Say the words Chrono Trigger to any long-time RPG fan, and you’re likely to get the same response: the eyes close, a small smile forms on the face, and you hear something along the lines of “now that was a great game” or “they just don’t makes games like that anymore”. When it was originally released back in 1995, Chrono Trigger was a tour de force of storytelling, characters, and fantastic gameplay. There was simply nothing else like it at the time, and it has been held up for years by RPG fans as one of the standards of the genre.
We all know, however, how time and nostalgia can skew our views of certain things (anyone gone back lately and watched the movies you loved as a kid? The NeverEnding Story just doesn’t seem quite as cool…). In the years since its release, many RPG’s have come and gone, have expanded and improved on the Chrono Trigger (CT) formula, and have captured our imagination. The question then becomes, how does the original game hold up in the face of what has come since?
For this review, we thought it would be interesting to view CT through two lenses. Being the deprived child I was (we didn’t have a Super Nintendo…the horror!), I missed CT when it was originally released and am playing it through it for the first time. Lee, however, lists the original as one of his all-time favorites, and is looking for some of the tweaks and differences that make or break this DS port. Let’s dive in and see what we find.
Chris: Graphics for old-school ports can be very tough to rate, simply because they look so dated in comparison to newer titles. CT, however, does not run into this problem. While nothing in-game is going to push the DS’ technical capabilities, the clean, crisp artwork is extremely well done and certain areas (particularly mountains or bridges with water and clouds in the background) are amazingly beautiful. I can see how this would have knocked the socks off of everyone when it first came out. I think old-school fans will absolutely love the attention to the original game’s detail, and newer gamers – while possibly underwhelmed – will certainly appreciate the graphics.
The characters were designed by DragonBall creator Akira Toriyama, and the influences are obvious. You will pick up a number of different characters along the way, and end up with a rather eclectic and diverse group ranging from the titular Crono, to prehistoric warrior princess Layla, to the most bad-ass fighting frog you’ll ever see (appropriately named Frog). Amazingly, each character is able to display a fantastic range of action and emotion in their small 16-bit animations. This is an absolute must, since the meat of CT’s impact comes from the focus on these characters and their interactions. Without the stellar animation, CT would have fallen flat, but it truly delivers in spades.
Lee: Some have griped about Chrono Trigger not receiving the full 3-D treatment, like the Final Fantasy games received. While it would have been nice to look at CT through a different lens, the graphics hold up really well. I had forgotten how few frames of animation each character actually had, but what’s there still looks great. Maybe on the next Nintendo system we’ll see an updated CT with full 3-D animation, like many of the ill-fated 3-D remakes that litter the web. Until then, just content yourself with playing one of the best looking games from a few generations ago the way nature intended.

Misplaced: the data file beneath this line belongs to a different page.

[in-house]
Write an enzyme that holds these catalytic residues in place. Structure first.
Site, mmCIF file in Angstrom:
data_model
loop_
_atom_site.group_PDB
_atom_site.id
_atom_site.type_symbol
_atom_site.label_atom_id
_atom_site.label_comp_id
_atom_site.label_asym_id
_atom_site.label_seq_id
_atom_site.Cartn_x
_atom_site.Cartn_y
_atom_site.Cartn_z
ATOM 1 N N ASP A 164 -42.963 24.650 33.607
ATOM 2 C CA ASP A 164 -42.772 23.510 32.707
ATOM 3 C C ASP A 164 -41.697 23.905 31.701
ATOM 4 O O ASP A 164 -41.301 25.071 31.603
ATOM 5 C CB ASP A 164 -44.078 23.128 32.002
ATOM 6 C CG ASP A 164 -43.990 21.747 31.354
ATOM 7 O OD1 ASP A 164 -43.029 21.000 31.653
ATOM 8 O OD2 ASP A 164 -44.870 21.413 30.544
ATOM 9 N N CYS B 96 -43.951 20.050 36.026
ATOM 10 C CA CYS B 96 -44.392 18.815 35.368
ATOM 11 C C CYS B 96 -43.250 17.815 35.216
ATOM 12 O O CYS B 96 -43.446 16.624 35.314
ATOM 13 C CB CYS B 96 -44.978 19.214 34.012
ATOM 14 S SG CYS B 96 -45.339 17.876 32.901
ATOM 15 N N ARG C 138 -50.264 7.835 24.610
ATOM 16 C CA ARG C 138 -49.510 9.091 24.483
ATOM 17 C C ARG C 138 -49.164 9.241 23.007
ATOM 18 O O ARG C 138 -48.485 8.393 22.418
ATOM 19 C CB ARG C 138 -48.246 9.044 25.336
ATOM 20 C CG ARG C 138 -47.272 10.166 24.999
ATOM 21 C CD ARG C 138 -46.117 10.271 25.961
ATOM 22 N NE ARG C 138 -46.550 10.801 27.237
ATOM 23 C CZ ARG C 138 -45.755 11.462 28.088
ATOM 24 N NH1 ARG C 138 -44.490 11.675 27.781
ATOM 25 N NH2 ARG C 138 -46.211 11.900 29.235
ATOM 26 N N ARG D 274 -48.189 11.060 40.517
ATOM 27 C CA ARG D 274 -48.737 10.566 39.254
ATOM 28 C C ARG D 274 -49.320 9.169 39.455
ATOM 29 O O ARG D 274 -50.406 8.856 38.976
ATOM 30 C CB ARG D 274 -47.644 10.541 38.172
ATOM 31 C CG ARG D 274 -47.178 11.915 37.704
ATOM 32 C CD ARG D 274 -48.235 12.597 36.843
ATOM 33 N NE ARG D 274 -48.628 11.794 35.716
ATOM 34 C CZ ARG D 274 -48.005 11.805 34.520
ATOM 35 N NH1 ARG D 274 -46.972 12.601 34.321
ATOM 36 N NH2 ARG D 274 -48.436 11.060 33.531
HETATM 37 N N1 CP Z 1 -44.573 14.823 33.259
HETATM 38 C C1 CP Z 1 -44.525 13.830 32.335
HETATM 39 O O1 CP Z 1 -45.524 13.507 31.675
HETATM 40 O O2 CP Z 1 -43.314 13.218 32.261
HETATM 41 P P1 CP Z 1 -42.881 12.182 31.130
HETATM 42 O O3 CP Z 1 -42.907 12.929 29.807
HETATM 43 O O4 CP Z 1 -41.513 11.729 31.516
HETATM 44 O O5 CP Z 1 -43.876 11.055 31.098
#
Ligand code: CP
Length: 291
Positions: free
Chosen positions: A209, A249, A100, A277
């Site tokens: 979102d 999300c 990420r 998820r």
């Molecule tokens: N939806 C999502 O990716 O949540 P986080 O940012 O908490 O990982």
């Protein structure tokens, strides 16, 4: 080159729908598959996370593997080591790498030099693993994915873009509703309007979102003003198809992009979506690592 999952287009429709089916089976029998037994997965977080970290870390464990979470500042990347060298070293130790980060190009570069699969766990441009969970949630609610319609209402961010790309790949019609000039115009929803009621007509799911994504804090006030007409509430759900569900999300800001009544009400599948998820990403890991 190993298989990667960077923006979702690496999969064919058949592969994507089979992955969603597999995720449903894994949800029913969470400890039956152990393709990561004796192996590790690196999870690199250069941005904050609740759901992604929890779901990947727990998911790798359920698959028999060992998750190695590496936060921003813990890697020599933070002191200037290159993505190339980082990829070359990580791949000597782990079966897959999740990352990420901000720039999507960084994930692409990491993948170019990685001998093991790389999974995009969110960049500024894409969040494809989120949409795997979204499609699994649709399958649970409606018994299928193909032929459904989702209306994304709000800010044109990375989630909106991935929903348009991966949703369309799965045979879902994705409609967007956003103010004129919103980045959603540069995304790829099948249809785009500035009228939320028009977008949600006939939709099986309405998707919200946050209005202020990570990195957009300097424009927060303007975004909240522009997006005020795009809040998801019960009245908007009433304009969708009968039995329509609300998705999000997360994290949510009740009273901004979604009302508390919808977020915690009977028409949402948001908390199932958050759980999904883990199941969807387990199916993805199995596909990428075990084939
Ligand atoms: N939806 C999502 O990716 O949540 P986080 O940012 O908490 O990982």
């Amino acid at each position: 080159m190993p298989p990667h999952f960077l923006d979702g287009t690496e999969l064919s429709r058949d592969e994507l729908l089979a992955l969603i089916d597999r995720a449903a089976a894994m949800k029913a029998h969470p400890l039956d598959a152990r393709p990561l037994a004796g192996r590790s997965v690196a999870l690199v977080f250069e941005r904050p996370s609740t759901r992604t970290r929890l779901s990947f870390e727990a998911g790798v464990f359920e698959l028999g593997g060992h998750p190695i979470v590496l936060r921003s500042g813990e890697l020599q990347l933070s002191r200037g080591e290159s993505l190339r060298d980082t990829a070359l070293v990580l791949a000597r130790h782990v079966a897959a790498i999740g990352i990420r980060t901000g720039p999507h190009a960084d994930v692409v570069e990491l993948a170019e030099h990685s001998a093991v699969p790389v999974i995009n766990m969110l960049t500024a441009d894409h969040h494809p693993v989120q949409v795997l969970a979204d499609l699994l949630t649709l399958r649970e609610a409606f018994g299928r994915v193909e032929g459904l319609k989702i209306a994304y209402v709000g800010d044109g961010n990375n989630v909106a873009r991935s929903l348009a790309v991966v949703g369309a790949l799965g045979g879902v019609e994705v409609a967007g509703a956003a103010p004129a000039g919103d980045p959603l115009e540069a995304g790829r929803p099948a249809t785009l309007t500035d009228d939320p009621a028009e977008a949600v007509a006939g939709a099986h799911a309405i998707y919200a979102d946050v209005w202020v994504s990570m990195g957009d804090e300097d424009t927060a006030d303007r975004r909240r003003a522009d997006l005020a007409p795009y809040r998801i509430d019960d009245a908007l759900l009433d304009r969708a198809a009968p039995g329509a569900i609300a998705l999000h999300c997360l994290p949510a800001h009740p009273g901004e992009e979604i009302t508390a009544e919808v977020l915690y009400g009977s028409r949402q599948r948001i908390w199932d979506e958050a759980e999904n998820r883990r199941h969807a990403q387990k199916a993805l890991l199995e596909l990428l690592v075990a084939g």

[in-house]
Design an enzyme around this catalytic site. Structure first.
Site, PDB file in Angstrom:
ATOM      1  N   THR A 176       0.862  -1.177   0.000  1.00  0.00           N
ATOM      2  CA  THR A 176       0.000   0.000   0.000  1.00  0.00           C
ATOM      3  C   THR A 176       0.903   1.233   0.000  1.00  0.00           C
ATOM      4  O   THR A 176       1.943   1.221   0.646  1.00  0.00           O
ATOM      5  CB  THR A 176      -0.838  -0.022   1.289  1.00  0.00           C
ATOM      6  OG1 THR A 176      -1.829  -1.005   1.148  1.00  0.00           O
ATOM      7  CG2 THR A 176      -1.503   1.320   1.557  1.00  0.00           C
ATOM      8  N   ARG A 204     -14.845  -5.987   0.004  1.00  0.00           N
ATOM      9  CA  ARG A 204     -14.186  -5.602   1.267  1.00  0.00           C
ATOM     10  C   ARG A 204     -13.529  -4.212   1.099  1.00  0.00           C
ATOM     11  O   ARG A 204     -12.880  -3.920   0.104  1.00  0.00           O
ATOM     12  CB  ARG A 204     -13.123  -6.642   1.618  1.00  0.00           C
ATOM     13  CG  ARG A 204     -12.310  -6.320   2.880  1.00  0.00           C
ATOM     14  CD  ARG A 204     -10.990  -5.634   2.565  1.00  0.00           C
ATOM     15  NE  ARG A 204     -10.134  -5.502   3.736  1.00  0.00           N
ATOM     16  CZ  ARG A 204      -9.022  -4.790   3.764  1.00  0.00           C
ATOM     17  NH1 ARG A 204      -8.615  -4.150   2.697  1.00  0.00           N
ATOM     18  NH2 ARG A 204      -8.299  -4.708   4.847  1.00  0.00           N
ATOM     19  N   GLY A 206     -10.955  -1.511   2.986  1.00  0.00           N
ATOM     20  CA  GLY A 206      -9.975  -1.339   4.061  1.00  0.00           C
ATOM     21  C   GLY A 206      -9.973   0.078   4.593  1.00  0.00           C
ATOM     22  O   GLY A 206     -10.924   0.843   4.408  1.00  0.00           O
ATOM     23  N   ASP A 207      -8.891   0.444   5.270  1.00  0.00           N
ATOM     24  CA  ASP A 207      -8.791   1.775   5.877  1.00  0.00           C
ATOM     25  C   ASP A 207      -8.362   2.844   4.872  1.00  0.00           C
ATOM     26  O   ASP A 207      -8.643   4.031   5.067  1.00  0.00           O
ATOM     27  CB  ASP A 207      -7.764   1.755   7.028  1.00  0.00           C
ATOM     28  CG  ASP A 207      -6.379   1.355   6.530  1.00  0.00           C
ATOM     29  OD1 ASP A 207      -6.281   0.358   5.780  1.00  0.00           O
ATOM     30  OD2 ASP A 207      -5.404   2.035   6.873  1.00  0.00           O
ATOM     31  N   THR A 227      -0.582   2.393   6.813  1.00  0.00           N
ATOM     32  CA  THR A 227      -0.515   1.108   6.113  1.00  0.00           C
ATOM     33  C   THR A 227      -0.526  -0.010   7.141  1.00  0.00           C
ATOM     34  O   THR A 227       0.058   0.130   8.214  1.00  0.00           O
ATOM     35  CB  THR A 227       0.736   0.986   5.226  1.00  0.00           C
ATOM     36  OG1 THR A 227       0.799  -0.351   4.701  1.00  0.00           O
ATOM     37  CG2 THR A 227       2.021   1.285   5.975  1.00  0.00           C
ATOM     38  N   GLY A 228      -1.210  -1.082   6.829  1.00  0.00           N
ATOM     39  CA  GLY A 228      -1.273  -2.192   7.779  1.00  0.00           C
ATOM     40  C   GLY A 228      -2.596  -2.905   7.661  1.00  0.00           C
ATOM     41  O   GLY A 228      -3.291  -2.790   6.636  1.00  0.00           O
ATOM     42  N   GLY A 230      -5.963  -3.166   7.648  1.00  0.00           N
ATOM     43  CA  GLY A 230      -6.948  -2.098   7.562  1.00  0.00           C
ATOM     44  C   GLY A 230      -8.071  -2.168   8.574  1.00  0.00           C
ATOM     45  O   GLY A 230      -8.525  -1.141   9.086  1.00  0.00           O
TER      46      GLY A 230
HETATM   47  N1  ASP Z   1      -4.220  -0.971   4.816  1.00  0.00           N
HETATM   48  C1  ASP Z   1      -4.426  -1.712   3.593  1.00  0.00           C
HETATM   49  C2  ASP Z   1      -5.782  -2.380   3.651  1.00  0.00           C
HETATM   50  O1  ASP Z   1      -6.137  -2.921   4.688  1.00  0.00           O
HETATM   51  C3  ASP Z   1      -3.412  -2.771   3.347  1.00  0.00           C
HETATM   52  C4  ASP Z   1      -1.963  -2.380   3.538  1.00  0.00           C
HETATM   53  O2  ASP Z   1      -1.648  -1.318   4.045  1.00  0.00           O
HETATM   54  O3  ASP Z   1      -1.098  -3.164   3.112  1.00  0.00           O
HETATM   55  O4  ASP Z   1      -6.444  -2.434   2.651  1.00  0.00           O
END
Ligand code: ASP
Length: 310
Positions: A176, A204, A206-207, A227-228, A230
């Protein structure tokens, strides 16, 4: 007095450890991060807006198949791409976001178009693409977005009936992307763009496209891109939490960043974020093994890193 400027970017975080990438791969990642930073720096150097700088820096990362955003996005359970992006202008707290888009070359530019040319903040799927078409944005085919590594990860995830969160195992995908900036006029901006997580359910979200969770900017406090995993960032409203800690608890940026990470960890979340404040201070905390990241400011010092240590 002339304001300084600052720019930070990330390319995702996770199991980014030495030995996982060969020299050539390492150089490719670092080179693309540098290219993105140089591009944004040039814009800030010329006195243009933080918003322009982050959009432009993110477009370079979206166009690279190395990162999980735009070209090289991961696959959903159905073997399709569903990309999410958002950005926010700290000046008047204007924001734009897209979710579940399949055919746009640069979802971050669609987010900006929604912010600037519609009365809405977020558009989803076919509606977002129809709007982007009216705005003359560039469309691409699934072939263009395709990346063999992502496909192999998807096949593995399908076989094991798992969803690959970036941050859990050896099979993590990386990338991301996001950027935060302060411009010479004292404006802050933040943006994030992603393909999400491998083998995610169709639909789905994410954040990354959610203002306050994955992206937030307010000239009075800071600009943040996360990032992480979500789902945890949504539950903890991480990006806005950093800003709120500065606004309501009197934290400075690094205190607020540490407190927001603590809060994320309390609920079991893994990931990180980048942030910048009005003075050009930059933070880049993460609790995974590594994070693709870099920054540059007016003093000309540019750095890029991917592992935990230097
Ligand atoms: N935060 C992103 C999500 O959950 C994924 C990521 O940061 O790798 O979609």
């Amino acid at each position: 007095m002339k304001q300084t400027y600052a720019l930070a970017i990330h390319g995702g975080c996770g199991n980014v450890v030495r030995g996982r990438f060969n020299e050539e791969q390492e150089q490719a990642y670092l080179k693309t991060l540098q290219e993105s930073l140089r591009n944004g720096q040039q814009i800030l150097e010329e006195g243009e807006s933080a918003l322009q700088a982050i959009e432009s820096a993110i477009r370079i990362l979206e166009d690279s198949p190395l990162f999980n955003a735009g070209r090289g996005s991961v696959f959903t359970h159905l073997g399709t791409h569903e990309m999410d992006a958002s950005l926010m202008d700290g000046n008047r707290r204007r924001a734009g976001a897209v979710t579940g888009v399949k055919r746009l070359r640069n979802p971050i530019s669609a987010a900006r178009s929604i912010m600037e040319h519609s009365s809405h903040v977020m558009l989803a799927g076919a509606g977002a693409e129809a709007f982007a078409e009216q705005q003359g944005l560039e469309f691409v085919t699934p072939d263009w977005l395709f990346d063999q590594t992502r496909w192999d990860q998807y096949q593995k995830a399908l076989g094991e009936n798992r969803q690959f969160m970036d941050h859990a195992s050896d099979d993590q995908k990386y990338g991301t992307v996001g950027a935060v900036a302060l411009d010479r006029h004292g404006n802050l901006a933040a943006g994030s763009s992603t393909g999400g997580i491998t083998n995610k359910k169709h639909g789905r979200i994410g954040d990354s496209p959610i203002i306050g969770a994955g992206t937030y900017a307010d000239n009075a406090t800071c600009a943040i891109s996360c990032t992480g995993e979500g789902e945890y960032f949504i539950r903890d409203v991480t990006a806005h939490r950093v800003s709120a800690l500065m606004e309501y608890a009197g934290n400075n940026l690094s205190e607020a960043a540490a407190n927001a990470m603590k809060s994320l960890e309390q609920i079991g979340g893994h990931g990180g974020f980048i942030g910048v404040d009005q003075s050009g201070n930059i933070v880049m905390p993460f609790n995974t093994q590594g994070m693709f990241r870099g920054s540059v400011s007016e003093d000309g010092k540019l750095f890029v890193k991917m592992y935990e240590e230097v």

Chris: This will be the first – and possibly last – perfect score I have ever given in a category. To put it simply, the musical score in Chrono Trigger is one of the best you will ever hear. Ever. Composed by Square heavyweights Yasunori Mitsuda and Nobuo Uematsu, the music is nothing short of spectacular. Some of the melodies these early composers were able to wrangle from a simple MIDI program will absolutely blow your mind, and I can pretty well guarantee that you’ll be humming many of the tunes long after you power off your DS. My only very minor gripe is that some of the weaker songs are reused in many different areas and hearing them for multiple hours can get a bit tiresome. But that is a very minor issue in what is a beautiful, incredible soundtrack.
Lee: I was worried that the soundtrack wasn’t going to sound as good coming through the DS speakers. I needn’t have worried. CT sounds as great as it ever did, and I swear to some non-denominational deity that some of them sound even better. I can’t recall how many times I’ve heard the theme for 600 BC, and I never get tired of hearing it. There are so many great tracks, and I can’t say enough for how firmly they stuck to the soundtrack. You can’t improve upon perfection.
Chris: When it comes to simplified, easy controls, I can now see the reason CT has been looked at for years as a standard of the RPG genre. There are few games I can think of that have such an fantastic simplicity in their control scheme. There’s nothing revolutionary here (move with the D-pad, confirm commands with the A button), but I didn’t struggle once with how to accomplish an in-game task, pull up an inventory item, equip a character, or any other gameplay issue. The bulk of the gameplay is done in the top screen, while the bottom screen is reserved for map and inventory functions. Thankfully, all the menu screens are concise and well-organized, and there was a distinct lack of clutter on the actual gameplay screen, something many games seem to struggle with. You do have the option to control player movement and inputs with the stylus, but I found that was far more trouble than it was worth. The control design is simple, it works fantastic, and I can’t think of a single thing I would change about it.